The company said the latest funding round was oversubscribed and closed quickly despite the challenging fundraising environment. The new capital will be used to expand Kennek’s engineering team and strengthen its market position in the UK while exploring expansion into other European markets. Barbod Namini, Partner at lead investor HV Capital, commented on the investment:

“Kennek has developed an ambitious and genuinely unique proposition which we think can be the foundation of the entire alternative lending space. […] It is a complicated market and a solution that brings together all information and stakeholders onto a single platform is highly compelling for both lenders & the ecosystem as a whole.”

The fintech lending space has grown rapidly in recent years, but many lenders still rely on legacy systems and manual processes that limit efficiency and scalability. Kennek aims to leverage open banking and data integration to provide lenders with a more streamlined, automated lending experience.

The seed funding will allow the London-based startup to continue developing its platform and expanding its team to meet demand from non-bank lenders looking to digitize operations. Kennek’s focus on the UK and Europe also comes amid rising adoption of open banking and open finance in the regions.

Featured Image Credit: Photo from Kennek.io; Thank you!

Radek Zielinski

Radek Zielinski is an experienced technology and financial journalist with a passion for cybersecurity and futurology.

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Politics

Fortune 500’s race for generative AI breakthroughs

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Deanna Ritchie


As excitement around generative AI grows, Fortune 500 companies, including Goldman Sachs, are carefully examining the possible applications of this technology. A recent survey of U.S. executives indicated that 60% believe generative AI will substantially impact their businesses in the long term. However, they anticipate a one to two-year timeframe before implementing their initial solutions. This optimism stems from the potential of generative AI to revolutionize various aspects of businesses, from enhancing customer experiences to optimizing internal processes. In the short term, companies will likely focus on pilot projects and experimentation, gradually integrating generative AI into their operations as they witness its positive influence on efficiency and profitability.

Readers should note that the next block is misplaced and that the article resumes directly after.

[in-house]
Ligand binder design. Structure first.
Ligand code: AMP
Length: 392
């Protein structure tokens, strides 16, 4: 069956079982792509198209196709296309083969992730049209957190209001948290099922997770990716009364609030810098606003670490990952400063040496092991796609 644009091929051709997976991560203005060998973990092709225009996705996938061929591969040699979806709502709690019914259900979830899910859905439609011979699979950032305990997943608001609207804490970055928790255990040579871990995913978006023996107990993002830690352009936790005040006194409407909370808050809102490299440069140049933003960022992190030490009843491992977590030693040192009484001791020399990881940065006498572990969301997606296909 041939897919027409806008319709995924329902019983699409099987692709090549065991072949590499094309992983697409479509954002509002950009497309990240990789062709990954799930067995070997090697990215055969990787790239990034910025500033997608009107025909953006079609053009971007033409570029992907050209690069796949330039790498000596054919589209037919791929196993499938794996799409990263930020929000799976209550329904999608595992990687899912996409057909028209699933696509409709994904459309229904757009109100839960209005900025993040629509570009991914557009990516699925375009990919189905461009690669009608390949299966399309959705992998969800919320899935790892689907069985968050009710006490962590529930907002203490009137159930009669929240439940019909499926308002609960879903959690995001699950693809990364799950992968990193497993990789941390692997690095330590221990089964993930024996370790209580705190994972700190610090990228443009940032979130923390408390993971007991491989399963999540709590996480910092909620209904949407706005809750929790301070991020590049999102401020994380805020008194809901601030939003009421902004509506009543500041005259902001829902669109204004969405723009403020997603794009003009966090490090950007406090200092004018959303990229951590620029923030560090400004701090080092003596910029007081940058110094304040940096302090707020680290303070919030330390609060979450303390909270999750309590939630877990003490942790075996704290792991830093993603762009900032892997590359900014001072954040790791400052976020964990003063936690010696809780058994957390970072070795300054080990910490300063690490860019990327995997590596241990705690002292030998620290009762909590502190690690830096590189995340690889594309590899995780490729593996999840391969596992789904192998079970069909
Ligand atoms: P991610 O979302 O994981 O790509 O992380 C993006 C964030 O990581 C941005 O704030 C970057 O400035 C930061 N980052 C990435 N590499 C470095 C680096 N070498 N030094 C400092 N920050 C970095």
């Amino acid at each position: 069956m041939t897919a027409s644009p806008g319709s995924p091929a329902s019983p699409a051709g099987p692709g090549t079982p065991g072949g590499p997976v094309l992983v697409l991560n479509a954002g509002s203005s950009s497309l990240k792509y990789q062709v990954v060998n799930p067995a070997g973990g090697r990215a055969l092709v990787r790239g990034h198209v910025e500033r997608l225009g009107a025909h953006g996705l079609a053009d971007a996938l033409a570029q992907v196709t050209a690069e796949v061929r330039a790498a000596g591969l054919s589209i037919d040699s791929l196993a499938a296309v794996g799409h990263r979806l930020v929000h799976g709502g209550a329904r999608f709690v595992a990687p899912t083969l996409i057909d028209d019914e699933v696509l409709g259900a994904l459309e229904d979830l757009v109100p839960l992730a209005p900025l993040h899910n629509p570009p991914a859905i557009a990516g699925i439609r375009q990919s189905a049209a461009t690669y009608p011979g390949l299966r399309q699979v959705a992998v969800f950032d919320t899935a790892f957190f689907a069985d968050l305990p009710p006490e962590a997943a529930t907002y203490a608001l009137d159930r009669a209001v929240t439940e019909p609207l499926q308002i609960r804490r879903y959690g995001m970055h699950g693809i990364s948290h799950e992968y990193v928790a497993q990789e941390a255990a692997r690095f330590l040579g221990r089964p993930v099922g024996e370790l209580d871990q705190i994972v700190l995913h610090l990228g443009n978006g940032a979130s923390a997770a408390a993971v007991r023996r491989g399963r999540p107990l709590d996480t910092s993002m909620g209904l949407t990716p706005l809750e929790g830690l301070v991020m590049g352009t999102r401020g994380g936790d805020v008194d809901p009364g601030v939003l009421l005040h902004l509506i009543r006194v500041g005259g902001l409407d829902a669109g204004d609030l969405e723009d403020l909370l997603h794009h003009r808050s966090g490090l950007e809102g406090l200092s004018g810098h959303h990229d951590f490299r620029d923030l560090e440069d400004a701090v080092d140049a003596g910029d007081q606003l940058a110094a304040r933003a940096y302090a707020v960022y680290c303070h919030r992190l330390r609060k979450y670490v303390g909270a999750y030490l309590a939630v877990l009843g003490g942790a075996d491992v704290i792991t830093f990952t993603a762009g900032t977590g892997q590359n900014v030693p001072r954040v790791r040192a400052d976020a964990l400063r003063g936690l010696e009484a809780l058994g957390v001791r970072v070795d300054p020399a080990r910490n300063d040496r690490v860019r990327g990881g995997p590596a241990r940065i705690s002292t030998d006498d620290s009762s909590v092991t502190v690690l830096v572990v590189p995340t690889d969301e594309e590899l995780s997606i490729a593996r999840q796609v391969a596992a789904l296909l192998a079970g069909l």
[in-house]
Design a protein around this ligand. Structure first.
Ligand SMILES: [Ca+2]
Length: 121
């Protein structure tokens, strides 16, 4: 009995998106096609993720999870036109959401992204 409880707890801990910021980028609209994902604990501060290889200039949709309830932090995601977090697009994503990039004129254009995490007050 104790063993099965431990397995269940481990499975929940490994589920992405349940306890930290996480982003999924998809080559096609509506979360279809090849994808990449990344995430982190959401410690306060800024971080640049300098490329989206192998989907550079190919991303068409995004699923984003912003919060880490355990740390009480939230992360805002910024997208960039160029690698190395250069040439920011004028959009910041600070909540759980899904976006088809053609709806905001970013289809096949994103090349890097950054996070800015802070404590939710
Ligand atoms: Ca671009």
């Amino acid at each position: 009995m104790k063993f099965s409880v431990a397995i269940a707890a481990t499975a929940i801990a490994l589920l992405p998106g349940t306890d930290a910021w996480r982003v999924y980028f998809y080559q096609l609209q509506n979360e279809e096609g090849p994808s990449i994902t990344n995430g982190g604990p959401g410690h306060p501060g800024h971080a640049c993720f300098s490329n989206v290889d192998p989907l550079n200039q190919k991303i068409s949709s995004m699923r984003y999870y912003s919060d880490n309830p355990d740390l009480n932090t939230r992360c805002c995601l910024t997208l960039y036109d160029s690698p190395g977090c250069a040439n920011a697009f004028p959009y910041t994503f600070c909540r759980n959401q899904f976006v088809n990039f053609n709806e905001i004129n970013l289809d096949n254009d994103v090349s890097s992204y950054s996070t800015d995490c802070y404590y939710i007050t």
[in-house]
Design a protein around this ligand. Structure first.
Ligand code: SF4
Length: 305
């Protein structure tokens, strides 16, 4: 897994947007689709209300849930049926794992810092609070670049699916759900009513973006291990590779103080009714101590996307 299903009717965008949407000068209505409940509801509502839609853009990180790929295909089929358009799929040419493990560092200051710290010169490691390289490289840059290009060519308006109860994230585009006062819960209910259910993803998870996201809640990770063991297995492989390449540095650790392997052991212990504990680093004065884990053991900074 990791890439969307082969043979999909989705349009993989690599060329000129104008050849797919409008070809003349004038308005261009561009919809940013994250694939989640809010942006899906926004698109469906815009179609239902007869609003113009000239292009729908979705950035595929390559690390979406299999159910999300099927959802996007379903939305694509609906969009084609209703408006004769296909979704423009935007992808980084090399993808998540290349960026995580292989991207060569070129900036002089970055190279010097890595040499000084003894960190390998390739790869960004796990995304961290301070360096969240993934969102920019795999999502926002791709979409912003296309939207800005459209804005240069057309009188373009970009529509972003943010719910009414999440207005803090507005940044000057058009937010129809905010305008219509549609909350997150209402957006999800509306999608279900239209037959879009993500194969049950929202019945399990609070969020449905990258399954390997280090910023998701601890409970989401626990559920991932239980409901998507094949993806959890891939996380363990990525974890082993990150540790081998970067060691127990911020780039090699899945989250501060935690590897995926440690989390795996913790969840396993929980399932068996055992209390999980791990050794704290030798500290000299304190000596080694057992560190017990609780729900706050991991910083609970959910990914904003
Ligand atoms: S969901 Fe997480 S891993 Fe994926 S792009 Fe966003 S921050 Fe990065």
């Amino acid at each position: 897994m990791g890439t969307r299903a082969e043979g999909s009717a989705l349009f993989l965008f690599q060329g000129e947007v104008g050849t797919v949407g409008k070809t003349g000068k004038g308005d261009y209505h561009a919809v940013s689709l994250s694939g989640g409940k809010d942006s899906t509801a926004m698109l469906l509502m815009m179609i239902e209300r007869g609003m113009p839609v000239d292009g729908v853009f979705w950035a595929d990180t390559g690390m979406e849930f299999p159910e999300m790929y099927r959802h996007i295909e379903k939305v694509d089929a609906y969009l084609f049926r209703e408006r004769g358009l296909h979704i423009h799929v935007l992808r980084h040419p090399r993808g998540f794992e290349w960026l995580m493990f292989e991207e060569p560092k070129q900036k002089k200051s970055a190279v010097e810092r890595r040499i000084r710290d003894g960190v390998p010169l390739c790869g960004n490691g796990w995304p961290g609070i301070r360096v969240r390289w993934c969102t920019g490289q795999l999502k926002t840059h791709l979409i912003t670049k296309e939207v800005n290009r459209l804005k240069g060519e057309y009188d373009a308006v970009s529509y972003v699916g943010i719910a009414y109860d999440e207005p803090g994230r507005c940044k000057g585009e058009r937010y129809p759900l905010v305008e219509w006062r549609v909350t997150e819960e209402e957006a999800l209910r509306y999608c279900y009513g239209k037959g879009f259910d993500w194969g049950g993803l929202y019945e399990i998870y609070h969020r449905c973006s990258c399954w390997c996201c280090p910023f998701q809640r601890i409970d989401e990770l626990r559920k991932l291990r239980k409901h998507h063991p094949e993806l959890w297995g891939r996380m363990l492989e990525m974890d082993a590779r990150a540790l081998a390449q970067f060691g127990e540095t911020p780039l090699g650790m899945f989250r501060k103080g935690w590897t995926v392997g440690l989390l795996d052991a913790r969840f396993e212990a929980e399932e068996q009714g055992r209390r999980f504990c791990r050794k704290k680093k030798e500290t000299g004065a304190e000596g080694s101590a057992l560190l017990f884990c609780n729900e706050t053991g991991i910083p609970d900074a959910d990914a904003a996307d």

Goldman Sachs’ Cautious Approach to Implementing Generative AI

In a recent interview, Goldman Sachs CIO Marco Argenti revealed that the firm has not yet implemented any generative AI use cases. Instead, the company focuses on experimentation and setting high standards before adopting the technology. Argenti recognized the desire for outcomes in areas like developer and operational efficiency but emphasized ensuring precision before putting experimental AI use cases into production.

According to Argenti, striking the right balance between driving innovation and maintaining accuracy is crucial for successfully integrating generative AI within the firm. Goldman Sachs intends to continue exploring this emerging technology’s potential benefits and applications while diligently assessing risks to ensure it meets the company’s stringent quality standards.

One possible application for Goldman Sachs is in software development, where the company has observed a 20-40% productivity increase during its trials. The goal is for 1,000 developers to utilize generative AI tools by year’s end. However, Argenti emphasized that a well-defined expectation of return on investment is necessary before fully integrating generative AI into production.

To achieve this, the company plans to implement a systematic and strategic approach to adopting generative AI, ensuring that it complements and enhances the skills of its developers. Additionally, Goldman Sachs intends to evaluate the long-term impact of generative AI on their software development processes and the overall quality of the applications being developed.